The Truth About Retirement in America

The Truth About Retirement in America

Blog Post Originally From DaveRamsey.com According to the Federal Reserve, 40% of workers aged 55 to 64 have no retirement savings accounts at all. Of those who do have retirement accounts, the median balance is $100,000—not enough for most people to maintain their standard of living over decades of retirement. For people who are already retired, 20% of married retirees and half of single retirees rely on Social Security for the bulk of their income, according to the Social Security Administration. The average monthly income for a 62-year-old is $1,992 this year. What happened to the comfortable American retirement? Why are things so different from a generation ago? Say Goodbye to the Good Old Days To find the answer, we must look back about 50 years to when our country began a quiet retirement transition. No one paid much attention since, at the time, most retirees left the workforce with pensions that were guaranteed for life. Those pensions, plus a boost from Social Security, meant yesterday’s retirees could enjoy a comfortable retirement even if they didn’t save much on their own. Today, traditional pensions are almost unheard of. Employer retirement plans like 401(k)s have replaced them, putting much of the responsibility for building a retirement nest egg on workers themselves. It’s becoming clear now that this transition will not be smooth. The numbers show that it will actually be painful for many workers nearing retirement who are not financially prepared to support themselves. Debt Sticking Around Longer Another hurdle today’s retirees must overcome is their own debt load. Studies show that workers aged 55 to 64 are spending 22%...
6 Reasons People Stay In Debt

6 Reasons People Stay In Debt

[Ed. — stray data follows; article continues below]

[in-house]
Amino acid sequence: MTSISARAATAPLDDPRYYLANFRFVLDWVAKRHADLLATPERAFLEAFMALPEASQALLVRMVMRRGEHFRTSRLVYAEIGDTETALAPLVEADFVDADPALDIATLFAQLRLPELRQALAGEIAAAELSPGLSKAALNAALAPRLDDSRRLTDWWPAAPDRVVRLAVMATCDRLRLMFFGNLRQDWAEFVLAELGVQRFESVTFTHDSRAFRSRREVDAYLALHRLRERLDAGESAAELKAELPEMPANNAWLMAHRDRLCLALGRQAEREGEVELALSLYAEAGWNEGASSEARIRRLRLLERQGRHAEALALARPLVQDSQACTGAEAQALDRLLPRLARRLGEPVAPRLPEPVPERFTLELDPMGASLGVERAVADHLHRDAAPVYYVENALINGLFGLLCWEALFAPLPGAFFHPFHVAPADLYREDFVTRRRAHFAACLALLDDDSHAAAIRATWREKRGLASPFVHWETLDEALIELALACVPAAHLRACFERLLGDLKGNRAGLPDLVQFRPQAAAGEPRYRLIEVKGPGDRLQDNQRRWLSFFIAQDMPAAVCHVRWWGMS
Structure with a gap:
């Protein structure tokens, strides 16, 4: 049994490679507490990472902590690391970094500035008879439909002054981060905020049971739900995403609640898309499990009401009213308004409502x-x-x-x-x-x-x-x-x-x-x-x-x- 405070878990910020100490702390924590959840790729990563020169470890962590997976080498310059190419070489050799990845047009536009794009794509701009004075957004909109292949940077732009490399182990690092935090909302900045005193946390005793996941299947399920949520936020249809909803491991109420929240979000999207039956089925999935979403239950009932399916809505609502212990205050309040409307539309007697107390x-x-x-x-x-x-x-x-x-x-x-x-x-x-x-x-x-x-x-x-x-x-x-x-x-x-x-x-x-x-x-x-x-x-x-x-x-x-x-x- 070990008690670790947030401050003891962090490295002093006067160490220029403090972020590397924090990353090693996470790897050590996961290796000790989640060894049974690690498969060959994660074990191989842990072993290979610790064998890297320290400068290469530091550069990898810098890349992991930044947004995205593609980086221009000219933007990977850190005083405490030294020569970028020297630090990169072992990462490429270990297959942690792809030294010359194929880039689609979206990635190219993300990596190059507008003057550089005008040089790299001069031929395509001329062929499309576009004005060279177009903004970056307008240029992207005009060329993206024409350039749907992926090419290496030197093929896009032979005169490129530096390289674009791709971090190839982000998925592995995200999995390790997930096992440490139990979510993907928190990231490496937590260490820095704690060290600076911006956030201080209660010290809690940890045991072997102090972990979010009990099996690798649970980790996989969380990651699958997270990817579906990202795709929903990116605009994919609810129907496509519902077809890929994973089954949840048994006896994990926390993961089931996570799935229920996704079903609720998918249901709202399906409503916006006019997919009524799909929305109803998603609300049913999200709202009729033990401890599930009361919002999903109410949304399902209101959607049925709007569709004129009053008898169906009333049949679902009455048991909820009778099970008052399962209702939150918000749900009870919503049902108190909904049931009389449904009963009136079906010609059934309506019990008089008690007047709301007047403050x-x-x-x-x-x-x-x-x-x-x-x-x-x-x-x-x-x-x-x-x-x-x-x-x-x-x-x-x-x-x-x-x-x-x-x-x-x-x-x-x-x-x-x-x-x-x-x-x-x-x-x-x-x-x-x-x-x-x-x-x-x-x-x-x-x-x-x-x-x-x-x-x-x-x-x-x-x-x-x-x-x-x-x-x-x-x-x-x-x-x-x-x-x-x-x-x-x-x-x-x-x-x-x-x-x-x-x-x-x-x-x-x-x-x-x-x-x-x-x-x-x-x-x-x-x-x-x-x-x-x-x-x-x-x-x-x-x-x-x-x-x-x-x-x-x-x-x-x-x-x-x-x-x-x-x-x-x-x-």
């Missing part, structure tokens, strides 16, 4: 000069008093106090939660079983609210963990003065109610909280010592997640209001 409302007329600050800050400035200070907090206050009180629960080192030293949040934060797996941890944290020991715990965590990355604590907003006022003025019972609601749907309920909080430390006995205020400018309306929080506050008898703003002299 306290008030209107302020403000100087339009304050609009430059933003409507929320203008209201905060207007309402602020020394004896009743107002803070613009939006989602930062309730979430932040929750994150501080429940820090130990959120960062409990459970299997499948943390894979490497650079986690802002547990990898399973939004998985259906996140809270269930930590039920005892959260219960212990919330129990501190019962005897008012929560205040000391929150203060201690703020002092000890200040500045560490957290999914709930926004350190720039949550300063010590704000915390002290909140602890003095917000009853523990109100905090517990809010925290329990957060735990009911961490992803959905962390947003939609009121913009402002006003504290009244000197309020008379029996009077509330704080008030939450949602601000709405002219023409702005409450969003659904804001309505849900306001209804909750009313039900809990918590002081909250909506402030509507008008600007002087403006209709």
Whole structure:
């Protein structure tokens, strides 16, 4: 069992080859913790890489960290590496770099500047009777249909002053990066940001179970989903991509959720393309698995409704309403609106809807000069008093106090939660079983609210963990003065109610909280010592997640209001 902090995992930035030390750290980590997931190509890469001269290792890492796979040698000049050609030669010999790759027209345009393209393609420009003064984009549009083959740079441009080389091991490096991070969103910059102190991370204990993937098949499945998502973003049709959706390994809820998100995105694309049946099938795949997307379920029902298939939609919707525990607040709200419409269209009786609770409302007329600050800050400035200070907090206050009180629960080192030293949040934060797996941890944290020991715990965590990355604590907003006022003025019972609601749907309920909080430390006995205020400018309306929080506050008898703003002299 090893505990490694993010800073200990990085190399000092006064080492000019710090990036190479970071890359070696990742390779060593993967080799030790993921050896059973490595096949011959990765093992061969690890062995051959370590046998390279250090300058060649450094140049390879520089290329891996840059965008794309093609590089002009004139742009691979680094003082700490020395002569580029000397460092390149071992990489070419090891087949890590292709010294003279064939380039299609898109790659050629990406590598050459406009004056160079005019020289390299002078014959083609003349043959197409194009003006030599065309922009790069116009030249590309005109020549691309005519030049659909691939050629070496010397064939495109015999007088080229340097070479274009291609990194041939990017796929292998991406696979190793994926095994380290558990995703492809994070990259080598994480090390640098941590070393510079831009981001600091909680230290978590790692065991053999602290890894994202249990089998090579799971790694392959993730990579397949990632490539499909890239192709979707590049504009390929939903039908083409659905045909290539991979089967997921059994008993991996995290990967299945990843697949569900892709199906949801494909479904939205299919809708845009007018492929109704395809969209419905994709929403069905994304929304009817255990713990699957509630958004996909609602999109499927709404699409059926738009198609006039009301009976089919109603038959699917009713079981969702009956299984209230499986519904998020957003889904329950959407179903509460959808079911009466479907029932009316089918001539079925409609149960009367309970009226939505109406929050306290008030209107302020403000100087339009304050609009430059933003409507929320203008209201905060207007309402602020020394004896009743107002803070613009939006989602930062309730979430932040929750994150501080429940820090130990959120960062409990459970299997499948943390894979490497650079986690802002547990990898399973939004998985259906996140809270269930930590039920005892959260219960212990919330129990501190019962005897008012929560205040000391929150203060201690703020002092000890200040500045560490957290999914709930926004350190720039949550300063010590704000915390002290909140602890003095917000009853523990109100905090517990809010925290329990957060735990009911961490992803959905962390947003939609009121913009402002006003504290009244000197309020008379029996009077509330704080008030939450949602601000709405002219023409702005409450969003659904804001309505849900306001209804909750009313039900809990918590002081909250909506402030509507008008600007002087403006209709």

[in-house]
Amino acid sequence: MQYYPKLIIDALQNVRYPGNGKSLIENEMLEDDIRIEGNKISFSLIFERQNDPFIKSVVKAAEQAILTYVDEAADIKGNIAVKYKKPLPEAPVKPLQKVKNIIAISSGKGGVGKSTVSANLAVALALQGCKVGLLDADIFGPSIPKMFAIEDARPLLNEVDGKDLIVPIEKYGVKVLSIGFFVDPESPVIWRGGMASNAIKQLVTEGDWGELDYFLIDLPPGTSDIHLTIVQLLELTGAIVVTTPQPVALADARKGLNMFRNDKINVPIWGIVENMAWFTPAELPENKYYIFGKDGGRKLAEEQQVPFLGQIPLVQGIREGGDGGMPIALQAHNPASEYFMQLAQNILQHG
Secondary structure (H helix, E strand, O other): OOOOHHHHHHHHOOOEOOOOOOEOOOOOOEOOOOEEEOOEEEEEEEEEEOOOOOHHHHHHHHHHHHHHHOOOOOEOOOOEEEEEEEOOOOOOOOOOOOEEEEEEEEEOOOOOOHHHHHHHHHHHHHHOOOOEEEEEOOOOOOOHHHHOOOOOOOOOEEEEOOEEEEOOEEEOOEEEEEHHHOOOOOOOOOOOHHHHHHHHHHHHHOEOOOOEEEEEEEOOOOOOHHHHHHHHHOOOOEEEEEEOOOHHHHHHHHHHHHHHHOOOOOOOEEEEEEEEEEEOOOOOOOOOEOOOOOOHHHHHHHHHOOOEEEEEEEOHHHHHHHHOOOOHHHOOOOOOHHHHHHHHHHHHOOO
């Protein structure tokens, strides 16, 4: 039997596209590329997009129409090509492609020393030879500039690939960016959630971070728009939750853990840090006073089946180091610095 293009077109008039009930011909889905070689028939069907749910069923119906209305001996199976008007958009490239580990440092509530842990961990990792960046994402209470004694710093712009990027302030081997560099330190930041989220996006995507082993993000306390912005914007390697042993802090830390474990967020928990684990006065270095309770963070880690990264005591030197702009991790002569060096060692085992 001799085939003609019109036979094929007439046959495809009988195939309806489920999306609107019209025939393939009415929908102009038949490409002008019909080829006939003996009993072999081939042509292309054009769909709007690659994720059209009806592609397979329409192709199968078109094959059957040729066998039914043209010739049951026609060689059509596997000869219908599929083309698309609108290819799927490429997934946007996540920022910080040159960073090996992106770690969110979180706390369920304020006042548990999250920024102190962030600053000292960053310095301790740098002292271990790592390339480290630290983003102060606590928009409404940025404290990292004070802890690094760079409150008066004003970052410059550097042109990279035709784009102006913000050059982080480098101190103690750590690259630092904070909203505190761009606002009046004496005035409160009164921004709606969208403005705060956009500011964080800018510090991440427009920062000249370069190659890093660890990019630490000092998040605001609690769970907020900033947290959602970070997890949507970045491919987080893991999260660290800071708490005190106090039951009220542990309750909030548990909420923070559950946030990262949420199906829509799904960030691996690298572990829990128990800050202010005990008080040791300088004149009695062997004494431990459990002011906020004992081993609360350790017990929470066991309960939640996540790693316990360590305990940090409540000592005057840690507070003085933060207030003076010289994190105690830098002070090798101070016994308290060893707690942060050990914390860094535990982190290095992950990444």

Blog Post Originally From DaveRamsey.com Do you remember the moment you decided to get out of debt? You were sick and tired of being sick and tired. You might have even gotten angry at being in debt. Eventually, the burden and the stress of the constant bills and piling debt broke you down. Something inside you “clicked,” and you decided it was time to make a fresh start. But what keeps people from getting out of debt? Why would someone want to stay in chains instead of living in freedom? Sadly, there are all sorts of reasons people choose MasterCard over being free from debt. Here are just a few: 1. They want to keep up appearances. This is the dreaded “keeping up with the Joneses” mentality. But little do you know, the Joneses have a leased BMW, an underwater mortgage, and an unwelcome visitor named Sallie Mae living in their basement. The Joneses are the most broke people in your neighborhood. And if you’re trying to follow their example, you’ll be following them into bankruptcy if you’re not careful. 2. They are unwilling to sacrifice. How can you possibly give up eating out three nights a week? Or what would your life look like without cable? You’ll never know until you’re willing to give those things up in order to build a legacy for your future. If you’re in a lot of debt, something in your lifestyle has to change. It’s about priorities. Here’s the question: What are you willing to give up? 3. They fear change. Debt can be comfortable, kind of like slowly cooking in a...